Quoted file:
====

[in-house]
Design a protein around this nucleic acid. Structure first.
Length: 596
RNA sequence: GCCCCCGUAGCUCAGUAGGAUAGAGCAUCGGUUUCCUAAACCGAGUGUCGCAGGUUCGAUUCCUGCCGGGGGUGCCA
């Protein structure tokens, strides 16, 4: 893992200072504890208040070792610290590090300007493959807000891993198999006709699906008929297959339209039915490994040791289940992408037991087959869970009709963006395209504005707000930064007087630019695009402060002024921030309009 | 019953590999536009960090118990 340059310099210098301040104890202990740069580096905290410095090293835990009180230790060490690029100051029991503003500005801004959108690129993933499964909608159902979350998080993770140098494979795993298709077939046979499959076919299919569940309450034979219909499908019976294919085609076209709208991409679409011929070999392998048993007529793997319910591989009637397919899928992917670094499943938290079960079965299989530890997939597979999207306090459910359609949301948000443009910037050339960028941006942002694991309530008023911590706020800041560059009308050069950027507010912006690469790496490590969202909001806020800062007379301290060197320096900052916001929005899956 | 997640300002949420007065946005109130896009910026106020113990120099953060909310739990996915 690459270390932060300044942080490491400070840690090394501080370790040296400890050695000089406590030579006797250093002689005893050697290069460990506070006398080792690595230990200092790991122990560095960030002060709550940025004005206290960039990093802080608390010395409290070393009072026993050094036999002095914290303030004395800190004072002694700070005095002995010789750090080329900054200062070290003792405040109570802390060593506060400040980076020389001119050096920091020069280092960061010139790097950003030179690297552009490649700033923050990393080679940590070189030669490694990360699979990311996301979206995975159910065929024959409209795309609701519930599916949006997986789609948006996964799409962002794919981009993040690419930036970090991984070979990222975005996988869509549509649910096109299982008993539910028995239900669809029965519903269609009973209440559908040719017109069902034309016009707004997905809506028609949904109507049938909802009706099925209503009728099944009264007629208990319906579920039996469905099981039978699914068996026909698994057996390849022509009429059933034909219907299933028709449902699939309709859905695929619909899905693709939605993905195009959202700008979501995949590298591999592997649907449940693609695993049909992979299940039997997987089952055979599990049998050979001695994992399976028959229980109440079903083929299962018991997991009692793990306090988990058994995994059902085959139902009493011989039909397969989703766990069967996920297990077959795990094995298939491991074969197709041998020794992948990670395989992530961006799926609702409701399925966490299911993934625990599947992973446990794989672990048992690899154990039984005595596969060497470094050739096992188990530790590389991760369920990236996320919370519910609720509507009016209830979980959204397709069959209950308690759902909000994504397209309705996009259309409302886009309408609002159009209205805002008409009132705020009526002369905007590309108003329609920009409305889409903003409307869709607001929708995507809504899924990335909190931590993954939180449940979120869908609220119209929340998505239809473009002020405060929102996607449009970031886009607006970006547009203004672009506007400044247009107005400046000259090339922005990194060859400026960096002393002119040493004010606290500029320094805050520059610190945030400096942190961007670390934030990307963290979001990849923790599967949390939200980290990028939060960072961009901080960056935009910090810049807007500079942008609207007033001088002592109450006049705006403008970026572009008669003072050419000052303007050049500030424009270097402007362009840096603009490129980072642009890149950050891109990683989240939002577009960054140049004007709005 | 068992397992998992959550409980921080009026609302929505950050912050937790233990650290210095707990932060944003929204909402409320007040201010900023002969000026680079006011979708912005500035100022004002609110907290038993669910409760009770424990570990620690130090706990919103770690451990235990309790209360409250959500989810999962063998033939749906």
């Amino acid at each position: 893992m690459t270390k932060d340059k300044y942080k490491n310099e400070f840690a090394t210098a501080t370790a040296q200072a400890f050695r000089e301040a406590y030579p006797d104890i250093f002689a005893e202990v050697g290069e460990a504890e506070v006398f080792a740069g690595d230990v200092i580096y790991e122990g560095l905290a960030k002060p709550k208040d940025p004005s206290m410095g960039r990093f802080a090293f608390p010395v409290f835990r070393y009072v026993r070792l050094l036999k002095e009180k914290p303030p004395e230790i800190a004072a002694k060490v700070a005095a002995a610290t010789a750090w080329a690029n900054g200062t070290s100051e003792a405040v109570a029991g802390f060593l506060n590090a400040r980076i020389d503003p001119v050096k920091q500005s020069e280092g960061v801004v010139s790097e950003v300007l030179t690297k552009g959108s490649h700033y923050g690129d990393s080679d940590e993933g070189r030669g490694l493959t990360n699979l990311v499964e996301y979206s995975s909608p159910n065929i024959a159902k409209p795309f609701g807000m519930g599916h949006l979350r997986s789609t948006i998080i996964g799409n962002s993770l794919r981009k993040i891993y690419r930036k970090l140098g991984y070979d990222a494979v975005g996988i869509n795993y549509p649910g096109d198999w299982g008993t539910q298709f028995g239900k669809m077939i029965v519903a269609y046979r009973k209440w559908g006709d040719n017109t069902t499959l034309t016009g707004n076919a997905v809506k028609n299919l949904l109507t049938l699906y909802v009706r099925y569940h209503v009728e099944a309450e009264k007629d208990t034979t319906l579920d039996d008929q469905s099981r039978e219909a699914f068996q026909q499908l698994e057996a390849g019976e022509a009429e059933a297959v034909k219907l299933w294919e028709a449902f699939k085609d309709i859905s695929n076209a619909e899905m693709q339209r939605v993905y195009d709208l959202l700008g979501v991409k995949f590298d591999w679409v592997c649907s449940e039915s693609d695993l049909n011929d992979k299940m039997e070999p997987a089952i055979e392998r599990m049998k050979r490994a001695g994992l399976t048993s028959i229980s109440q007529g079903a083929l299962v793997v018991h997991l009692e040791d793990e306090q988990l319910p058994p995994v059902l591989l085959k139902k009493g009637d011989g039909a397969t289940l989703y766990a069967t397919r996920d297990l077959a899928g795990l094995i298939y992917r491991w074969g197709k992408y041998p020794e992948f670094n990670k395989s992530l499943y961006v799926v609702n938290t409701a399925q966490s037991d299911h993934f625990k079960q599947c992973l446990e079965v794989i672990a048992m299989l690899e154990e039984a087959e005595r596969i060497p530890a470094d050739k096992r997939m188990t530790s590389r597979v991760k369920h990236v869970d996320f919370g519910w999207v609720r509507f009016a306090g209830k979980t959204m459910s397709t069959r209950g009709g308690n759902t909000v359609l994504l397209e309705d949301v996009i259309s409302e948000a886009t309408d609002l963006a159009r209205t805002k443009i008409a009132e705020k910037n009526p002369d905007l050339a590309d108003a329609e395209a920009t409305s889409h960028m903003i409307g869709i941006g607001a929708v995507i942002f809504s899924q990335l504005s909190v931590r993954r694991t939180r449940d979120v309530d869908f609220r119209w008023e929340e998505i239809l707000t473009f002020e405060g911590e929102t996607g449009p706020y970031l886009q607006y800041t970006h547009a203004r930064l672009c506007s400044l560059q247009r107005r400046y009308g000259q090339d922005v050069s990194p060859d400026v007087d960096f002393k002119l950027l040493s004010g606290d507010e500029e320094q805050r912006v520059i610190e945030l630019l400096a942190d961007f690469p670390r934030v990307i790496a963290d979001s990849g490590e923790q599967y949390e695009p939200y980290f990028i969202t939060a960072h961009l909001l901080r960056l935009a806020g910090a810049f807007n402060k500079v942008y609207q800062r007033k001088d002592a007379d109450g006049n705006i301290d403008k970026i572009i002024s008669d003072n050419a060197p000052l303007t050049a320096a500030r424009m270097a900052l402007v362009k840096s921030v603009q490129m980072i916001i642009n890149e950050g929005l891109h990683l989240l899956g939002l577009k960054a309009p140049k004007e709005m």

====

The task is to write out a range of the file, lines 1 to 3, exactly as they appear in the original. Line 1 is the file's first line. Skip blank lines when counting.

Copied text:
[in-house]
Design a protein around this nucleic acid. Structure first.
Length: 596